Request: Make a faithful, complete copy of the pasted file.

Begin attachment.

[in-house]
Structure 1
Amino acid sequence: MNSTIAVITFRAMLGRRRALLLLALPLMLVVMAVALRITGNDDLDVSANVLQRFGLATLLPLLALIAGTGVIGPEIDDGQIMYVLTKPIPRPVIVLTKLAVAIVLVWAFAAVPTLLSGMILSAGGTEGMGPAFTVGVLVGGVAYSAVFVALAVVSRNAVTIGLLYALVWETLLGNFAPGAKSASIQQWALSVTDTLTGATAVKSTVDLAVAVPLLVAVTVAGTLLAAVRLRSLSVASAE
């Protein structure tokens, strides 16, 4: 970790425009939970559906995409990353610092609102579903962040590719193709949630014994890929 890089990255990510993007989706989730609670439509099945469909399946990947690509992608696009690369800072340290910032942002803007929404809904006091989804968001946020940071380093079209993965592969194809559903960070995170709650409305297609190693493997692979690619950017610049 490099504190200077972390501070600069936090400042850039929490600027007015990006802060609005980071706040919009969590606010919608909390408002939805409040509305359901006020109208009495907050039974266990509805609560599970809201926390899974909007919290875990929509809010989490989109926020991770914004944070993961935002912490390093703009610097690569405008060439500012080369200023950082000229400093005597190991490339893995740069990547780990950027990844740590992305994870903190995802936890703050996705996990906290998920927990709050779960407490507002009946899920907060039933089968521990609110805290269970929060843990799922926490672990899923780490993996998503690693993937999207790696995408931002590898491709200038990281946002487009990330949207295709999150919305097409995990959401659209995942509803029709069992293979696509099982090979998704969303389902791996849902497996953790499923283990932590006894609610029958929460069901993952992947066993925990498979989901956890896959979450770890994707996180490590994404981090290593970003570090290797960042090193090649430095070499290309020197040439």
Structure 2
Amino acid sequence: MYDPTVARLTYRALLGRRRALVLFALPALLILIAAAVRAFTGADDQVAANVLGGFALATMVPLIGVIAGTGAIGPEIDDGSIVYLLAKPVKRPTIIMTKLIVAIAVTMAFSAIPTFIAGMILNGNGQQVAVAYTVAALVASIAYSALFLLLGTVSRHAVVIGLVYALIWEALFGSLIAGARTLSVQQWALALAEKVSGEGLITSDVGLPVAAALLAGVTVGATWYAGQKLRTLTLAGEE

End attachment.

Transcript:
[in-house]
Structure 1
Amino acid sequence: MNSTIAVITFRAMLGRRRALLLLALPLMLVVMAVALRITGNDDLDVSANVLQRFGLATLLPLLALIAGTGVIGPEIDDGQIMYVLTKPIPRPVIVLTKLAVAIVLVWAFAAVPTLLSGMILSAGGTEGMGPAFTVGVLVGGVAYSAVFVALAVVSRNAVTIGLLYALVWETLLGNFAPGAKSASIQQWALSVTDTLTGATAVKSTVDLAVAVPLLVAVTVAGTLLAAVRLRSLSVASAE
């Protein structure tokens, strides 16, 4: 970790425009939970559906995409990353610092609102579903962040590719193709949630014994890929 890089990255990510993007989706989730609670439509099945469909399946990947690509992608696009690369800072340290910032942002803007929404809904006091989804968001946020940071380093079209993965592969194809559903960070995170709650409305297609190693493997692979690619950017610049 490099504190200077972390501070600069936090400042850039929490600027007015990006802060609005980071706040919009969590606010919608909390408002939805409040509305359901006020109208009495907050039974266990509805609560599970809201926390899974909007919290875990929509809010989490989109926020991770914004944070993961935002912490390093703009610097690569405008060439500012080369200023950082000229400093005597190991490339893995740069990547780990950027990844740590992305994870903190995802936890703050996705996990906290998920927990709050779960407490507002009946899920907060039933089968521990609110805290269970929060843990799922926490672990899923780490993996998503690693993937999207790696995408931002590898491709200038990281946002487009990330949207295709999150919305097409995990959401659209995942509803029709069992293979696509099982090979998704969303389902791996849902497996953790499923283990932590006894609610029958929460069901993952992947066993925990498979989901956890896959979450770890994707996180490590994404981090290593970003570090290797960042090193090649430095070499290309020197040439």
Structure 2
Amino acid sequence: MYDPTVARLTYRALLGRRRALVLFALPALLILIAAAVRAFTGADDQVAANVLGGFALATMVPLIGVIAGTGAIGPEIDDGSIVYLLAKPVKRPTIIMTKLIVAIAVTMAFSAIPTFIAGMILNGNGQQVAVAYTVAALVASIAYSALFLLLGTVSRHAVVIGLVYALIWEALFGSLIAGARTLSVQQWALALAEKVSGEGLITSDVGLPVAAALLAGVTVGATWYAGQKLRTLTLAGEE